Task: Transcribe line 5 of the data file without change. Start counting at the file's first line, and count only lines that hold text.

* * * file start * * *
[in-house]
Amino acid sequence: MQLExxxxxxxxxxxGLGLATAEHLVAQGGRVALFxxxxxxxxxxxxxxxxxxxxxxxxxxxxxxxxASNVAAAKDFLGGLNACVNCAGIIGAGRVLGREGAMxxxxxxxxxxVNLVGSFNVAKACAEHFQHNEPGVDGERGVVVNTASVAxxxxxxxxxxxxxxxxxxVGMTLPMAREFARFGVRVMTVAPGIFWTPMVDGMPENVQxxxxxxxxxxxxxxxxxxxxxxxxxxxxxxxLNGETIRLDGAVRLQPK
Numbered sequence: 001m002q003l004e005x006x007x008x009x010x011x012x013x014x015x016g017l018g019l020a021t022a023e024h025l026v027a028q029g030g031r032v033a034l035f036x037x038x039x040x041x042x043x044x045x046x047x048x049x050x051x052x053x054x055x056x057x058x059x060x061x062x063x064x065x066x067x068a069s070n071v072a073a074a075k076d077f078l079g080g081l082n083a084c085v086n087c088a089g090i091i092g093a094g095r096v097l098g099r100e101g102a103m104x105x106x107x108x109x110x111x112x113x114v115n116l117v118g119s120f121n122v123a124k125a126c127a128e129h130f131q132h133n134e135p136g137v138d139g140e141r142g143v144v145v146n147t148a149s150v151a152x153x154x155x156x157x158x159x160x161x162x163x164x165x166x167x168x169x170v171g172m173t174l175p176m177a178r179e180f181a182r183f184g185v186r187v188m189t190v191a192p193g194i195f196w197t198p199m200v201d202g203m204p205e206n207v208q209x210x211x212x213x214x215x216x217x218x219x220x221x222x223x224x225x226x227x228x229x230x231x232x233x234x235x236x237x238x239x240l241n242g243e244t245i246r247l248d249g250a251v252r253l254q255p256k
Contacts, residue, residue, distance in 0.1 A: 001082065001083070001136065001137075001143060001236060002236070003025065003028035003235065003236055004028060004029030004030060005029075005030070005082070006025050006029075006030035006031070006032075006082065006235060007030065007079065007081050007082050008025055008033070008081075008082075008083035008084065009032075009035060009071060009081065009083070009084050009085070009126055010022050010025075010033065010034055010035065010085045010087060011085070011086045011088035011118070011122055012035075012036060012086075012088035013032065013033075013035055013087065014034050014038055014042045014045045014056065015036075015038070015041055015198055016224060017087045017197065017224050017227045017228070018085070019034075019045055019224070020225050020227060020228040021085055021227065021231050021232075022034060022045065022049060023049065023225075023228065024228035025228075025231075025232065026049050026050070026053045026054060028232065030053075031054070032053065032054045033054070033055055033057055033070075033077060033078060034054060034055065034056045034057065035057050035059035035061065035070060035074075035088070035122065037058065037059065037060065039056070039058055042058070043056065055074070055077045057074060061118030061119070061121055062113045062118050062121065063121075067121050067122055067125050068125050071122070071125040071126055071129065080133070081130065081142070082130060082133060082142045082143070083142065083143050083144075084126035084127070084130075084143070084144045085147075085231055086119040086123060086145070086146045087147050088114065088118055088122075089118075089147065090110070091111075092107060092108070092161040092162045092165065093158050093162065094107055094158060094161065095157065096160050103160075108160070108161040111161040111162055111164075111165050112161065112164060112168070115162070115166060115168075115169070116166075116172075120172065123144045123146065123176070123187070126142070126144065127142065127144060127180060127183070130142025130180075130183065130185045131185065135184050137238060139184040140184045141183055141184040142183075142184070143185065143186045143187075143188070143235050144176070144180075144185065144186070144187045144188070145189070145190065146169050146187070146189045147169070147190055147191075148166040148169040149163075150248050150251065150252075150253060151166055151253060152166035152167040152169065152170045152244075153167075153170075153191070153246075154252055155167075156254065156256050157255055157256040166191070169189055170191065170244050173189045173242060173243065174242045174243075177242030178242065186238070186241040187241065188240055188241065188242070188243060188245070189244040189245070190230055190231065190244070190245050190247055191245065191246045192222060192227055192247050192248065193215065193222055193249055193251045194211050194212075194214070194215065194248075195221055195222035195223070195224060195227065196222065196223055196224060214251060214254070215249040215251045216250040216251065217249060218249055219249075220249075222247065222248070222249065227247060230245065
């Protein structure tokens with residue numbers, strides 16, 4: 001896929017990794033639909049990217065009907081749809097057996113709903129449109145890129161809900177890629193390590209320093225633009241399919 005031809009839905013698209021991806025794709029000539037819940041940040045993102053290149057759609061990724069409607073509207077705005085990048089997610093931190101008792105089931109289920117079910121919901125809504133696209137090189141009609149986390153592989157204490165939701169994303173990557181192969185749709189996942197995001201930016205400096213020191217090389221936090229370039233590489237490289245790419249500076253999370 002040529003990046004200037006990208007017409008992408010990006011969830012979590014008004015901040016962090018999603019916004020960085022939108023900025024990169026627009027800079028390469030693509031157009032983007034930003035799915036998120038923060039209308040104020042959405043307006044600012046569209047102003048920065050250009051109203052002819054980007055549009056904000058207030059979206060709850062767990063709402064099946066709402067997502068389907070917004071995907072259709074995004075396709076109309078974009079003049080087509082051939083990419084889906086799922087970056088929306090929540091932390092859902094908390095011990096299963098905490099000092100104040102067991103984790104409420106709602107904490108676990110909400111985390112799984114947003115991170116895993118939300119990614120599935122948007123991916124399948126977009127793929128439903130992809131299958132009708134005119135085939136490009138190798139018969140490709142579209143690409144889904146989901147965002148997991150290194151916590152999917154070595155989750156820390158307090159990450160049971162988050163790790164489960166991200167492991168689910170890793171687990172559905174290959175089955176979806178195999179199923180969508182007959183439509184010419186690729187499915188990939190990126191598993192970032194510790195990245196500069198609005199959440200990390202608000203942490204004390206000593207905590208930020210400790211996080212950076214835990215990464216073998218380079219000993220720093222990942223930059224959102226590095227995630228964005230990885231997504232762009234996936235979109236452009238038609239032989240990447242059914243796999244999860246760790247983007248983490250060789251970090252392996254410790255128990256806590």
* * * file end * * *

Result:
């Protein structure tokens with residue numbers, strides 16, 4: 001896929017990794033639909049990217065009907081749809097057996113709903129449109145890129161809900177890629193390590209320093225633009241399919 005031809009839905013698209021991806025794709029000539037819940041940040045993102053290149057759609061990724069409607073509207077705005085990048089997610093931190101008792105089931109289920117079910121919901125809504133696209137090189141009609149986390153592989157204490165939701169994303173990557181192969185749709189996942197995001201930016205400096213020191217090389221936090229370039233590489237490289245790419249500076253999370 002040529003990046004200037006990208007017409008992408010990006011969830012979590014008004015901040016962090018999603019916004020960085022939108023900025024990169026627009027800079028390469030693509031157009032983007034930003035799915036998120038923060039209308040104020042959405043307006044600012046569209047102003048920065050250009051109203052002819054980007055549009056904000058207030059979206060709850062767990063709402064099946066709402067997502068389907070917004071995907072259709074995004075396709076109309078974009079003049080087509082051939083990419084889906086799922087970056088929306090929540091932390092859902094908390095011990096299963098905490099000092100104040102067991103984790104409420106709602107904490108676990110909400111985390112799984114947003115991170116895993118939300119990614120599935122948007123991916124399948126977009127793929128439903130992809131299958132009708134005119135085939136490009138190798139018969140490709142579209143690409144889904146989901147965002148997991150290194151916590152999917154070595155989750156820390158307090159990450160049971162988050163790790164489960166991200167492991168689910170890793171687990172559905174290959175089955176979806178195999179199923180969508182007959183439509184010419186690729187499915188990939190990126191598993192970032194510790195990245196500069198609005199959440200990390202608000203942490204004390206000593207905590208930020210400790211996080212950076214835990215990464216073998218380079219000993220720093222990942223930059224959102226590095227995630228964005230990885231997504232762009234996936235979109236452009238038609239032989240990447242059914243796999244999860246760790247983007248983490250060789251970090252392996254410790255128990256806590």